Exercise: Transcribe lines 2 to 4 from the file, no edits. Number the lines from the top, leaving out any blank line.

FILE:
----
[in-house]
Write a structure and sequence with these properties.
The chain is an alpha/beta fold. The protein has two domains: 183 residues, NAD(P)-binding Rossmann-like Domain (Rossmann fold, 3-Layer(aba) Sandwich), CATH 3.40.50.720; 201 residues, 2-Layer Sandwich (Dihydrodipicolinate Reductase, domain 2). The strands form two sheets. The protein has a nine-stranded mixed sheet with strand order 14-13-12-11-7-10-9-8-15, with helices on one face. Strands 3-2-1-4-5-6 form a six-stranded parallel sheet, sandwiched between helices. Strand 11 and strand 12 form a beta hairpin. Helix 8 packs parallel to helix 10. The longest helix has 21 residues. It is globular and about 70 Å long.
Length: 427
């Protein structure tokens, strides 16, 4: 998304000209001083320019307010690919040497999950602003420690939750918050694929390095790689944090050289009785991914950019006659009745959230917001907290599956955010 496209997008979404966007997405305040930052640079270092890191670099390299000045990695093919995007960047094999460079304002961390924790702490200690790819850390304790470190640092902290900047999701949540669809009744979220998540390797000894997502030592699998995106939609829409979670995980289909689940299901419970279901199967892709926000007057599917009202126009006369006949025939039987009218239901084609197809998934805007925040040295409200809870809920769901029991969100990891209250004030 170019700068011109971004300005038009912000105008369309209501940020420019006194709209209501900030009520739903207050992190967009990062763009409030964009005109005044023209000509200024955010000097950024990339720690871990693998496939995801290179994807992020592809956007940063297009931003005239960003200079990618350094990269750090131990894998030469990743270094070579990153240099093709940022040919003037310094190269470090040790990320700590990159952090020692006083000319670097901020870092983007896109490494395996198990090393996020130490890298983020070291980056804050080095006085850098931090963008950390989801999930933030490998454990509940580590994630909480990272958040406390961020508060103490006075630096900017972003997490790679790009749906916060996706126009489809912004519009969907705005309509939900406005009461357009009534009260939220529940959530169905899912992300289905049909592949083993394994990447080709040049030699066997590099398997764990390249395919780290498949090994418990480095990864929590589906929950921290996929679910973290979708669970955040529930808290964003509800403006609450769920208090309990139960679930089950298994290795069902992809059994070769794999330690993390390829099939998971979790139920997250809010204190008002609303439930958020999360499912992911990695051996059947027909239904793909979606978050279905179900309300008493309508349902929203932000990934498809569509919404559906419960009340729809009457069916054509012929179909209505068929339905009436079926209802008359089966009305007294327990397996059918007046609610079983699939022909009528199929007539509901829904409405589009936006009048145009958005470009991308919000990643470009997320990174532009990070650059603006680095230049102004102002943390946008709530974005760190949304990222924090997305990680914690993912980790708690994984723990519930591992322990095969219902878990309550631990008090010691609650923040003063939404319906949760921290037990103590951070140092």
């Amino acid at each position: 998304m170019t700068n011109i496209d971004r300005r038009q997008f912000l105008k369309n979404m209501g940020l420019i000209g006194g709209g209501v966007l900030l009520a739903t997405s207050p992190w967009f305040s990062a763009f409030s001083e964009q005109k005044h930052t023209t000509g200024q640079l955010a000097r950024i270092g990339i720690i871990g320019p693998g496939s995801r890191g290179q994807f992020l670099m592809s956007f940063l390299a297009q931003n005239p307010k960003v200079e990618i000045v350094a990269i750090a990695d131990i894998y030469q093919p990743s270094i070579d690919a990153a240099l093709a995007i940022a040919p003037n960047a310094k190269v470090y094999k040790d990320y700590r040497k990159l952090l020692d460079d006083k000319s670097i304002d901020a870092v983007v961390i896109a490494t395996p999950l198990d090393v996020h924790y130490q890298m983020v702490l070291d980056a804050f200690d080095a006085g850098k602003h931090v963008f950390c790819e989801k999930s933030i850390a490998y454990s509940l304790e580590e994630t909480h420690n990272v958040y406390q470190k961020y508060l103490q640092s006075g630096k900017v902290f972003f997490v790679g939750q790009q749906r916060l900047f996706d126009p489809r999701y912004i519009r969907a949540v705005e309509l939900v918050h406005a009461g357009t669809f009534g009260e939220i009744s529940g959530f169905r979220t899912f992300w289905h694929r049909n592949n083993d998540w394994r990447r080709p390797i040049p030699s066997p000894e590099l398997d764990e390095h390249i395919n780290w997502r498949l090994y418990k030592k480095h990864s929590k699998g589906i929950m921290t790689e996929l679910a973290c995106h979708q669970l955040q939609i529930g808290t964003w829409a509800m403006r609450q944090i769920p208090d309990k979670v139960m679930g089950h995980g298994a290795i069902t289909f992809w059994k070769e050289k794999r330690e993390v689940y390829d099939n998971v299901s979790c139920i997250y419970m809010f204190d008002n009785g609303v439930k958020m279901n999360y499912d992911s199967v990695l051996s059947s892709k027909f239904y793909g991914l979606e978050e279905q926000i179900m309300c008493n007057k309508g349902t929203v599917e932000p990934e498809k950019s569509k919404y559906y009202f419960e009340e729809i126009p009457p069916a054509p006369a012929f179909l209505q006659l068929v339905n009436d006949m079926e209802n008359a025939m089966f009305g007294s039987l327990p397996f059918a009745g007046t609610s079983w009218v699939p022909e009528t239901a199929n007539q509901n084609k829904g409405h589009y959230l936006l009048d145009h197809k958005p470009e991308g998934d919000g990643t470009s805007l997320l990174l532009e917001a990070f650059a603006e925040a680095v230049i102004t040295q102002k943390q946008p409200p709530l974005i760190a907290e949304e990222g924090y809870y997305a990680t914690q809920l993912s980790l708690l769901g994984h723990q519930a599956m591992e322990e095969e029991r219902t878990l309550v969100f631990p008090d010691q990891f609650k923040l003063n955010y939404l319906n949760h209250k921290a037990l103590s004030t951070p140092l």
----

Write a structure and sequence with these properties.
The chain is an alpha/beta fold. The protein has two domains: 183 residues, NAD(P)-binding Rossmann-like Domain (Rossmann fold, 3-Layer(aba) Sandwich), CATH 3.40.50.720; 201 residues, 2-Layer Sandwich (Dihydrodipicolinate Reductase, domain 2). The strands form two sheets. The protein has a nine-stranded mixed sheet with strand order 14-13-12-11-7-10-9-8-15, with helices on one face. Strands 3-2-1-4-5-6 form a six-stranded parallel sheet, sandwiched between helices. Strand 11 and strand 12 form a beta hairpin. Helix 8 packs parallel to helix 10. The longest helix has 21 residues. It is globular and about 70 Å long.
Length: 427